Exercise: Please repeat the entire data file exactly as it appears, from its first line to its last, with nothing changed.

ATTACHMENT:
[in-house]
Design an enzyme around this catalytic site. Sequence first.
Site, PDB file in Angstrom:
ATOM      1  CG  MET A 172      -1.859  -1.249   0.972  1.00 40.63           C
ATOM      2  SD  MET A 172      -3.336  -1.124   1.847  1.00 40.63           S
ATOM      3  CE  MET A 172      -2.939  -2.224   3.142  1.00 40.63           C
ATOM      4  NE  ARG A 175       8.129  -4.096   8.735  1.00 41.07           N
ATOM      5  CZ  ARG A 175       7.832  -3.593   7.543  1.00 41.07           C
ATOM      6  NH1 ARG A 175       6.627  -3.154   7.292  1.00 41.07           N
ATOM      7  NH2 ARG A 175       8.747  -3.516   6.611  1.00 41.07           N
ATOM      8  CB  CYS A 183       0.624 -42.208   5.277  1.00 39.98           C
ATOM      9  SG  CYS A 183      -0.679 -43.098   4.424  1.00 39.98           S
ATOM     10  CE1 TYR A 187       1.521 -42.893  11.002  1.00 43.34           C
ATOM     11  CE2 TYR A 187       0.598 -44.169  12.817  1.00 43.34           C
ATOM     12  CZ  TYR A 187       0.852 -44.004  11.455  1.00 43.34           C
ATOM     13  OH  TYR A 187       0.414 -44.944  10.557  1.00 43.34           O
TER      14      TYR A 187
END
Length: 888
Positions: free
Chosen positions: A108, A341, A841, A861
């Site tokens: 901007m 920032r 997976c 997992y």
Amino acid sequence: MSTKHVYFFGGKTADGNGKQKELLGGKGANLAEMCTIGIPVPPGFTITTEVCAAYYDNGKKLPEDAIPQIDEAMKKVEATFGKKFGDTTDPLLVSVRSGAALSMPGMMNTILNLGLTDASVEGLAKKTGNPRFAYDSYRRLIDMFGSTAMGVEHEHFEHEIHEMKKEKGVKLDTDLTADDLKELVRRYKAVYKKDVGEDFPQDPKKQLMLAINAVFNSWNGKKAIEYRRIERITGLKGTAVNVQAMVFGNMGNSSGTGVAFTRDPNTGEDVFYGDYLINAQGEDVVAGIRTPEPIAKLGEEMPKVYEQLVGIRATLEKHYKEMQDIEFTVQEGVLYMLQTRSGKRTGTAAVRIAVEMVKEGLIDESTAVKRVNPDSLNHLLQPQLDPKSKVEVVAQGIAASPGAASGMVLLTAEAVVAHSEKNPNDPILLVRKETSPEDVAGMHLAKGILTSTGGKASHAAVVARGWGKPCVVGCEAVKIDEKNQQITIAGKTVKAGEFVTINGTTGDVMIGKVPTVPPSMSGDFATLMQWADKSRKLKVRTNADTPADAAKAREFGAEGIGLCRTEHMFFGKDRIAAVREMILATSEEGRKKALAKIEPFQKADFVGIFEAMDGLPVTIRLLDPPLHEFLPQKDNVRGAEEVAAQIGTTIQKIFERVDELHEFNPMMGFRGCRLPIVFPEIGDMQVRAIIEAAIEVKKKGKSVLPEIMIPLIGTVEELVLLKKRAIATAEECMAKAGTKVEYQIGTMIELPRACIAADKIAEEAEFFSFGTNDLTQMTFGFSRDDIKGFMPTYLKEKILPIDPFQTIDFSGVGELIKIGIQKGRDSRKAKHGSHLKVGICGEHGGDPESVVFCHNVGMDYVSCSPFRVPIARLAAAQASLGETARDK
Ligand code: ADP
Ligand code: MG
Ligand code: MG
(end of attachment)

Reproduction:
[in-house]
Design an enzyme around this catalytic site. Sequence first.
Site, PDB file in Angstrom:
ATOM      1  CG  MET A 172      -1.859  -1.249   0.972  1.00 40.63           C
ATOM      2  SD  MET A 172      -3.336  -1.124   1.847  1.00 40.63           S
ATOM      3  CE  MET A 172      -2.939  -2.224   3.142  1.00 40.63           C
ATOM      4  NE  ARG A 175       8.129  -4.096   8.735  1.00 41.07           N
ATOM      5  CZ  ARG A 175       7.832  -3.593   7.543  1.00 41.07           C
ATOM      6  NH1 ARG A 175       6.627  -3.154   7.292  1.00 41.07           N
ATOM      7  NH2 ARG A 175       8.747  -3.516   6.611  1.00 41.07           N
ATOM      8  CB  CYS A 183       0.624 -42.208   5.277  1.00 39.98           C
ATOM      9  SG  CYS A 183      -0.679 -43.098   4.424  1.00 39.98           S
ATOM     10  CE1 TYR A 187       1.521 -42.893  11.002  1.00 43.34           C
ATOM     11  CE2 TYR A 187       0.598 -44.169  12.817  1.00 43.34           C
ATOM     12  CZ  TYR A 187       0.852 -44.004  11.455  1.00 43.34           C
ATOM     13  OH  TYR A 187       0.414 -44.944  10.557  1.00 43.34           O
TER      14      TYR A 187
END
Length: 888
Positions: free
Chosen positions: A108, A341, A841, A861
């Site tokens: 901007m 920032r 997976c 997992y």
Amino acid sequence: MSTKHVYFFGGKTADGNGKQKELLGGKGANLAEMCTIGIPVPPGFTITTEVCAAYYDNGKKLPEDAIPQIDEAMKKVEATFGKKFGDTTDPLLVSVRSGAALSMPGMMNTILNLGLTDASVEGLAKKTGNPRFAYDSYRRLIDMFGSTAMGVEHEHFEHEIHEMKKEKGVKLDTDLTADDLKELVRRYKAVYKKDVGEDFPQDPKKQLMLAINAVFNSWNGKKAIEYRRIERITGLKGTAVNVQAMVFGNMGNSSGTGVAFTRDPNTGEDVFYGDYLINAQGEDVVAGIRTPEPIAKLGEEMPKVYEQLVGIRATLEKHYKEMQDIEFTVQEGVLYMLQTRSGKRTGTAAVRIAVEMVKEGLIDESTAVKRVNPDSLNHLLQPQLDPKSKVEVVAQGIAASPGAASGMVLLTAEAVVAHSEKNPNDPILLVRKETSPEDVAGMHLAKGILTSTGGKASHAAVVARGWGKPCVVGCEAVKIDEKNQQITIAGKTVKAGEFVTINGTTGDVMIGKVPTVPPSMSGDFATLMQWADKSRKLKVRTNADTPADAAKAREFGAEGIGLCRTEHMFFGKDRIAAVREMILATSEEGRKKALAKIEPFQKADFVGIFEAMDGLPVTIRLLDPPLHEFLPQKDNVRGAEEVAAQIGTTIQKIFERVDELHEFNPMMGFRGCRLPIVFPEIGDMQVRAIIEAAIEVKKKGKSVLPEIMIPLIGTVEELVLLKKRAIATAEECMAKAGTKVEYQIGTMIELPRACIAADKIAEEAEFFSFGTNDLTQMTFGFSRDDIKGFMPTYLKEKILPIDPFQTIDFSGVGELIKIGIQKGRDSRKAKHGSHLKVGICGEHGGDPESVVFCHNVGMDYVSCSPFRVPIARLAAAQASLGETARDK
Ligand code: ADP
Ligand code: MG
Ligand code: MG